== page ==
sábado, 5 de outubro de 2013

The game began the same way as game four, with a Caro Kann defense. Instead of playing a weird sideline as he did in Game four, this time Garry played the main line. Deep Blue also played the main line for White; in fact, the main line that Garry as White used against Anatoly. Garry was in a familiar territory, albeit from the opposite side of the chessboard. On Garry's seventh move, after spending nearly two minutes, he played 7. ... h6. Deep Blue instantly replied Nxe6, giving up a Knight for a pawn. Garry acted a little bit surprised, but then played the next few moves very fast, as did Deep Blue. Both sides were still in book. In the auditorium, Yasser was saying that Garry had blundered and transposed the move. He also said that Garry was in terror and distress. None of us in the operations room, including Ken, believed this. It was inconceivable that Garry, with his legendary memory, could have forgotten an opening line that he had played many times, albeit usually from the White side. Garry's expression was also more one of surprise rather than terror and distress. Those emotions would come later. So what did happen? An International Master in Kasparov's camp was quoted the next day in the newspaper that the 7. ... h6 move was one agreed upon earlier. Garry himself stated months later in an interview that he regretted the decision to play 7. ... h6. So the move was never a slip of the finger as it was characterized in news articles immediately following the match. It was played by design. So why did Garry play the move? Black's position was generally considered difficult at best after the Knight sacrifice. This is true in games played by human players, but it is not true in games played between computers and human players. The commercial chess programs apparently had serious problems avoiding losing the game as White! Several Grandmasters had tried playing the Black side of the game positions against the top commercial chess programs and were able to win every single game. This fact did not come out until well after the match, but by then the media had moved on to other stories. What Garry played in game six on move seven was a very risky anti-computer chess move.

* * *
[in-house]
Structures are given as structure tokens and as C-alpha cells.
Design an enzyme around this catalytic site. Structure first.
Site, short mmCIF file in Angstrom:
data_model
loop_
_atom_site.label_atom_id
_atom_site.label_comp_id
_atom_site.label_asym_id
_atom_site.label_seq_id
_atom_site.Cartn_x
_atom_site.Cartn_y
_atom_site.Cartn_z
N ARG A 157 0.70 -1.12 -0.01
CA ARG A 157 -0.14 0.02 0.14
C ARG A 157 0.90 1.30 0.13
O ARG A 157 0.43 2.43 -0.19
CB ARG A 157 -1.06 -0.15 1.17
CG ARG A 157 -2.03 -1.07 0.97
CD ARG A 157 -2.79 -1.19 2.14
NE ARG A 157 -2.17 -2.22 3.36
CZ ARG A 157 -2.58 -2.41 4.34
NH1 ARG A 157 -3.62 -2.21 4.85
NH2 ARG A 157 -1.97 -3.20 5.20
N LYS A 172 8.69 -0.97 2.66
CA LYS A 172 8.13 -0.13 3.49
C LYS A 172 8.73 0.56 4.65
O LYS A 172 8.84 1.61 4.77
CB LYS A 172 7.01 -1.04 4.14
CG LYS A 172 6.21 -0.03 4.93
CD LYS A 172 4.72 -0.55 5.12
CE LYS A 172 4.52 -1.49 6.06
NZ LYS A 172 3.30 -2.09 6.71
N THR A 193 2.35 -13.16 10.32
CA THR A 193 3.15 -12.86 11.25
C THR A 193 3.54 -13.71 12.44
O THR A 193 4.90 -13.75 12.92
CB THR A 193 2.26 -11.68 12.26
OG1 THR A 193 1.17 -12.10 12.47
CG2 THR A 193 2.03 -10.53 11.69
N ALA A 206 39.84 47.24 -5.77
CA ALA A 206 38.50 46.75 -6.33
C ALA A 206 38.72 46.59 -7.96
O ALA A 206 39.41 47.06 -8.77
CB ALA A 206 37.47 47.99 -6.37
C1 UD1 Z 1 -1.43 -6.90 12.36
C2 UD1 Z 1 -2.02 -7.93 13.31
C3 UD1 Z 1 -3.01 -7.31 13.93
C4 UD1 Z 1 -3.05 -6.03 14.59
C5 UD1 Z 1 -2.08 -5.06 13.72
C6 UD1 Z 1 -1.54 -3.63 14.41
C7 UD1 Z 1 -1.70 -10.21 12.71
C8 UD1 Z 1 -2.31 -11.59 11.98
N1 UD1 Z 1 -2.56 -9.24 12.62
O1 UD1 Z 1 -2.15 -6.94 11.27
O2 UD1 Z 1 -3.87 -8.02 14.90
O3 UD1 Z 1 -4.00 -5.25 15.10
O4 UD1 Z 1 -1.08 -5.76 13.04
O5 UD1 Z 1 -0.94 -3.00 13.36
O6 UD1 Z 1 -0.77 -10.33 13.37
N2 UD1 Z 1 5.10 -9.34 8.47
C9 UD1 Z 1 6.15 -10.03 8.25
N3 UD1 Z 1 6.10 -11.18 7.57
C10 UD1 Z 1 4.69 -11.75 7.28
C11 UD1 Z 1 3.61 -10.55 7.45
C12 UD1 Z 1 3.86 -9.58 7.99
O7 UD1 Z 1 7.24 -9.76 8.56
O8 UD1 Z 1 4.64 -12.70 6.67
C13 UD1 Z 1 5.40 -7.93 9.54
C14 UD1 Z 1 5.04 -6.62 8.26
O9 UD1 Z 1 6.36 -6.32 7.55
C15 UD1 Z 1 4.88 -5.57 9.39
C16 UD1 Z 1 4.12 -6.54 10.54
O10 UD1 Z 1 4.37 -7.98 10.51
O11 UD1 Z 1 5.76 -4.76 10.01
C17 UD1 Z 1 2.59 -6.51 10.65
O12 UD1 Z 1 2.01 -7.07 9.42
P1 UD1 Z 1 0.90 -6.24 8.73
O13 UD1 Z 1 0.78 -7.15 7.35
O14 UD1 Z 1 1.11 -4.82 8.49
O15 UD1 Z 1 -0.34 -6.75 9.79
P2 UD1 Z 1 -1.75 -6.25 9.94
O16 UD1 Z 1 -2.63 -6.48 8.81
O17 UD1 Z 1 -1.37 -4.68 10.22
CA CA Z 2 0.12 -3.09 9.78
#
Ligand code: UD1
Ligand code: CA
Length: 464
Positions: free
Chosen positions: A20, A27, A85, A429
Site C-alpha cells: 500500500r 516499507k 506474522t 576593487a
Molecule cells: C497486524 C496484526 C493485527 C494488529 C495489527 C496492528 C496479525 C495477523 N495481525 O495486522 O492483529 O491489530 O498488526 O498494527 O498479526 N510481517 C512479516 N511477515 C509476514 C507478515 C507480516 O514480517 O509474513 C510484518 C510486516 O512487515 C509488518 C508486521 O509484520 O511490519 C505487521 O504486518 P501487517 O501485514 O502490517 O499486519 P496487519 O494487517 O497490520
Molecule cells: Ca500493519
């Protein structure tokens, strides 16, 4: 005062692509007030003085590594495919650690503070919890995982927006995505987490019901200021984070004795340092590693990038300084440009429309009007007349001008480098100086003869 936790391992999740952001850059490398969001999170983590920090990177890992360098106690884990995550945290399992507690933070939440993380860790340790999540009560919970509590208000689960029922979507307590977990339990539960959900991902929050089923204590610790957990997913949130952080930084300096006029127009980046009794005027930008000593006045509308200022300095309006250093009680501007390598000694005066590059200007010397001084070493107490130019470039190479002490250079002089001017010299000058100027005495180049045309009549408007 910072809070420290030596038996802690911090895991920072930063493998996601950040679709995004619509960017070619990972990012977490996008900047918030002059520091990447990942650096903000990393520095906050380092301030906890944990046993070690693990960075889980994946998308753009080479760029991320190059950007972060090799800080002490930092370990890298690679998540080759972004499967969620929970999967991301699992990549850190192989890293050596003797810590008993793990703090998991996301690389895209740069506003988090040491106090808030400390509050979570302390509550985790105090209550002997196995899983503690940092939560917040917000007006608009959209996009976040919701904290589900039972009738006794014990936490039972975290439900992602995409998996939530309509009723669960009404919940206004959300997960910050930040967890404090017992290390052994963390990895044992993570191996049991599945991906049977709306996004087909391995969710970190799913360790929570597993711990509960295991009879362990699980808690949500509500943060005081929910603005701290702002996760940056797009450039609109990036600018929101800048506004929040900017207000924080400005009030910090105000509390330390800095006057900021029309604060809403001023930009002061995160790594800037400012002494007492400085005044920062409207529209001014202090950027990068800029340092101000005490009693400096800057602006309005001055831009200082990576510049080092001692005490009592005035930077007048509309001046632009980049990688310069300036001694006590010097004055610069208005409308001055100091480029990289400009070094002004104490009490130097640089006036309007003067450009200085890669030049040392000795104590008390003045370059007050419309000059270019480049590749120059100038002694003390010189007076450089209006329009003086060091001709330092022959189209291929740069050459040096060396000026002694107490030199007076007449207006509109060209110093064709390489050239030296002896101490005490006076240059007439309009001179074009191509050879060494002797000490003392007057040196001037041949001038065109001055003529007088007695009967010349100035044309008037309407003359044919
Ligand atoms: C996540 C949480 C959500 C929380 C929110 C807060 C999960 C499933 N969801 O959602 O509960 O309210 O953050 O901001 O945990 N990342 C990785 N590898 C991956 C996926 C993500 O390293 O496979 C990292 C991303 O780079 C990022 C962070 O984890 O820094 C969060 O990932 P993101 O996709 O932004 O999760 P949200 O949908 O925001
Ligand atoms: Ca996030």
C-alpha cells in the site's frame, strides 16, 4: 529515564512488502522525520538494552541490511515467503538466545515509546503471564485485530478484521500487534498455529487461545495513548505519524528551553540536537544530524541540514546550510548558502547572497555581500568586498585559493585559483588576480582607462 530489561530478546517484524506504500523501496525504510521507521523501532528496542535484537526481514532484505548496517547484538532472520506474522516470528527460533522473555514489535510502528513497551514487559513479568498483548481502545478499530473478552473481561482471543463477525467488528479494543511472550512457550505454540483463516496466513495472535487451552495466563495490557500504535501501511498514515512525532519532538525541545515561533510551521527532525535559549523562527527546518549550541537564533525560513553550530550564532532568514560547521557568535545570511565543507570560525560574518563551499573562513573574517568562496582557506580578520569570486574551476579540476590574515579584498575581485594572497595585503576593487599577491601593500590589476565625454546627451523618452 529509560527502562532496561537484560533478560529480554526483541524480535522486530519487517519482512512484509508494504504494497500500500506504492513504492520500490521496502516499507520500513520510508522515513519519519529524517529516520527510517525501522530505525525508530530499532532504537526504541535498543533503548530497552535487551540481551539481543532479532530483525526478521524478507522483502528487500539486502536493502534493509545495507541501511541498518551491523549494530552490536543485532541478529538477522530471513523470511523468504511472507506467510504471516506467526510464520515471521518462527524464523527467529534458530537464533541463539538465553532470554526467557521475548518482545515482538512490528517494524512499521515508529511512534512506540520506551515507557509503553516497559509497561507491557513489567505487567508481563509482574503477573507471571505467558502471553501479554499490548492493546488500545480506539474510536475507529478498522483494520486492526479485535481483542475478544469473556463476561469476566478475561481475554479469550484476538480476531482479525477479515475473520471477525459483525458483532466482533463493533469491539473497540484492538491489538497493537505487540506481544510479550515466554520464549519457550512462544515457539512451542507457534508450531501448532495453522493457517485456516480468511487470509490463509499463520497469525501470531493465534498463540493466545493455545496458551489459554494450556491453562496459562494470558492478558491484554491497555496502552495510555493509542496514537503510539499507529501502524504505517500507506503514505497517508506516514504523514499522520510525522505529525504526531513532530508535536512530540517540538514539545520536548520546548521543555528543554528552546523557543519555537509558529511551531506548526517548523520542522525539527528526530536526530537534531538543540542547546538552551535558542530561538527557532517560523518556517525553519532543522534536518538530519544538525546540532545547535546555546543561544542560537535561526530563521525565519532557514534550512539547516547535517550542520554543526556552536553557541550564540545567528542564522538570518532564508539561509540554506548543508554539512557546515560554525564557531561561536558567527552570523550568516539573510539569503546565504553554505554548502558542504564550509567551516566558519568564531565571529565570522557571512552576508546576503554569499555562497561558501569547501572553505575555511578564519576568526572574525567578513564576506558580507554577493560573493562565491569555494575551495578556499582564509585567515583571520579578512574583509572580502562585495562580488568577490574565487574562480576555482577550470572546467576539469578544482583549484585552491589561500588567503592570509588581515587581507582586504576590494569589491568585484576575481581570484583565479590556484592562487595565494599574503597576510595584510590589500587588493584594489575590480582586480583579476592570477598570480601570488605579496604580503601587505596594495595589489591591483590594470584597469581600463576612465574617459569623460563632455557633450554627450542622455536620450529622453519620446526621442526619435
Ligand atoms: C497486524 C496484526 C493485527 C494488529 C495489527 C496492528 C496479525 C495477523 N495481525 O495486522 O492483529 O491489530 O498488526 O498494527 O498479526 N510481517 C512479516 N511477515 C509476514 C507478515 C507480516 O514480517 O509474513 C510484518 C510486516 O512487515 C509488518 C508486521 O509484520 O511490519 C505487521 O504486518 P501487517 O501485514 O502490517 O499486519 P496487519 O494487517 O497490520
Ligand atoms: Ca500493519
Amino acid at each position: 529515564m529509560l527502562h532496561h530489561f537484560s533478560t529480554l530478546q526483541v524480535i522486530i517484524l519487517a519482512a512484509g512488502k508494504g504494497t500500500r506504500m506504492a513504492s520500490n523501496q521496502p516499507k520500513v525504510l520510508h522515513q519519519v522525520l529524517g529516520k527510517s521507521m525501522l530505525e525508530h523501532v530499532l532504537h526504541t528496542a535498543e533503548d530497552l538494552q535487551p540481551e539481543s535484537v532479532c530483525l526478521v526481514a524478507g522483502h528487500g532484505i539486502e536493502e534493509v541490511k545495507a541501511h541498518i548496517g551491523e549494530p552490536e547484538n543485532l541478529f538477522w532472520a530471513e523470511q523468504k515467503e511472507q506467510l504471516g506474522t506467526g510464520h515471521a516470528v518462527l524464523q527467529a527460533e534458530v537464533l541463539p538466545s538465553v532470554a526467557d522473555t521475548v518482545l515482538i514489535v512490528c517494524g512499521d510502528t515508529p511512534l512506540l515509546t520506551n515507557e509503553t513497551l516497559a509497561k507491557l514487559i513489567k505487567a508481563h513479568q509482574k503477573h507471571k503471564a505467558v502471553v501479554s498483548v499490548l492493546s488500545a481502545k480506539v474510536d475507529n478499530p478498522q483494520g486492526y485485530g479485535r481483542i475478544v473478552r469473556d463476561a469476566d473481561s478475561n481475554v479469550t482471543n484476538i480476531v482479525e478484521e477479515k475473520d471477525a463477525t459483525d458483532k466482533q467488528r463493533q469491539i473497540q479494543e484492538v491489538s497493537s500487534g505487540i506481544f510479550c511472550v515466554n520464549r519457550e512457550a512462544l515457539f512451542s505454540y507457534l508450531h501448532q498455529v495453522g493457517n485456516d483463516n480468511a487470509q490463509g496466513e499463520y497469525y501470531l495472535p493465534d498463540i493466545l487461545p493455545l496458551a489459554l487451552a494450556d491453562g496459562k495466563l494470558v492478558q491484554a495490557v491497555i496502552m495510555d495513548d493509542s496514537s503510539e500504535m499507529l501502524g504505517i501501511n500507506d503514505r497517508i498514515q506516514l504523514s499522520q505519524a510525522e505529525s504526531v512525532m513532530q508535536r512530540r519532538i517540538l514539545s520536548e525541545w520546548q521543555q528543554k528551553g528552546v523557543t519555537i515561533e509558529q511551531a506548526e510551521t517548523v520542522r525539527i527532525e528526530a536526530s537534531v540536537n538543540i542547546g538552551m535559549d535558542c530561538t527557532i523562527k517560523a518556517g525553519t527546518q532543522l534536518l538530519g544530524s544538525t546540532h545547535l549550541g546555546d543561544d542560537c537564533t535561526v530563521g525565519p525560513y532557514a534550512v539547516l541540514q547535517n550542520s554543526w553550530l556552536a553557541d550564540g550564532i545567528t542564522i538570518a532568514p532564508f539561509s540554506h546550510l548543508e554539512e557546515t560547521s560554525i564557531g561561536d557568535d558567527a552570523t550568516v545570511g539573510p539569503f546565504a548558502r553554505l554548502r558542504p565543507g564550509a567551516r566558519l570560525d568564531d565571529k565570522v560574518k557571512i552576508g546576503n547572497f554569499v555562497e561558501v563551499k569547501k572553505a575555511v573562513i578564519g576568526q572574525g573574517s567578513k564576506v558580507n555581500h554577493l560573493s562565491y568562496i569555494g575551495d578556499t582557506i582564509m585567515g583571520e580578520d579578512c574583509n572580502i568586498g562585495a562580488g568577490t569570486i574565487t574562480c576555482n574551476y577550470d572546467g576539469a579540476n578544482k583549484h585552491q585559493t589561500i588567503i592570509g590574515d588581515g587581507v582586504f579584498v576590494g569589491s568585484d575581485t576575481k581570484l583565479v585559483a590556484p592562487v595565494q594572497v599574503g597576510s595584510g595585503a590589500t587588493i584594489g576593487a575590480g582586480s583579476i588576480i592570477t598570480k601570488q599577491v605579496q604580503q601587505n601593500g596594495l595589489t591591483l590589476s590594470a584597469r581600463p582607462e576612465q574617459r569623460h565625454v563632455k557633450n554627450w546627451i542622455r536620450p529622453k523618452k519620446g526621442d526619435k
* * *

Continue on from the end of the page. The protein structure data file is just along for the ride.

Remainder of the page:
in Behind Deep Blue: Building the Computer that Defeated the World Chess Champion;
Feng-Hsiung Hsu; Princeton Univ. Press, 2002.